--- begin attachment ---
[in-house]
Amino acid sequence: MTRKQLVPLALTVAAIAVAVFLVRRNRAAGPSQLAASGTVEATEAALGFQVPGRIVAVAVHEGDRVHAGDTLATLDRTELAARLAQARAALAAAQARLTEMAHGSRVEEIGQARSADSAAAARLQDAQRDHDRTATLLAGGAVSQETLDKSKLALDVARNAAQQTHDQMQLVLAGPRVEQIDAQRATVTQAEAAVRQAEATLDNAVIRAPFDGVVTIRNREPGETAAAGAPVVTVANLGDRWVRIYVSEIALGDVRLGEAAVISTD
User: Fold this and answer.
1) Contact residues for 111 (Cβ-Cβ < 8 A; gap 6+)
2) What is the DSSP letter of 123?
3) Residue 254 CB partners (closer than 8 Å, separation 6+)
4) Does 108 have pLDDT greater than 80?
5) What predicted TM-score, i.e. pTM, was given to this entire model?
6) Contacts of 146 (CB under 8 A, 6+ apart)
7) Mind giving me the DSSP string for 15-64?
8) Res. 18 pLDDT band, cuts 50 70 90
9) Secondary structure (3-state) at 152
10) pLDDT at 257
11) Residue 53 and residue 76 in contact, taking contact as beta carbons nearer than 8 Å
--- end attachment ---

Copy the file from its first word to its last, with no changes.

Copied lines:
[in-house]
Amino acid sequence: MTRKQLVPLALTVAAIAVAVFLVRRNRAAGPSQLAASGTVEATEAALGFQVPGRIVAVAVHEGDRVHAGDTLATLDRTELAARLAQARAALAAAQARLTEMAHGSRVEEIGQARSADSAAAARLQDAQRDHDRTATLLAGGAVSQETLDKSKLALDVARNAAQQTHDQMQLVLAGPRVEQIDAQRATVTQAEAAVRQAEATLDNAVIRAPFDGVVTIRNREPGETAAAGAPVVTVANLGDRWVRIYVSEIALGDVRLGEAAVISTD
User: Fold this and answer.
1) Contact residues for 111 (Cβ-Cβ < 8 A; gap 6+)
2) What is the DSSP letter of 123?
3) Residue 254 CB partners (closer than 8 Å, separation 6+)
4) Does 108 have pLDDT greater than 80?
5) What predicted TM-score, i.e. pTM, was given to this entire model?
6) Contacts of 146 (CB under 8 A, 6+ apart)
7) Mind giving me the DSSP string for 15-64?
8) Res. 18 pLDDT band, cuts 50 70 90
9) Secondary structure (3-state) at 152
10) pLDDT at 257
11) Residue 53 and residue 76 in contact, taking contact as beta carbons nearer than 8 Å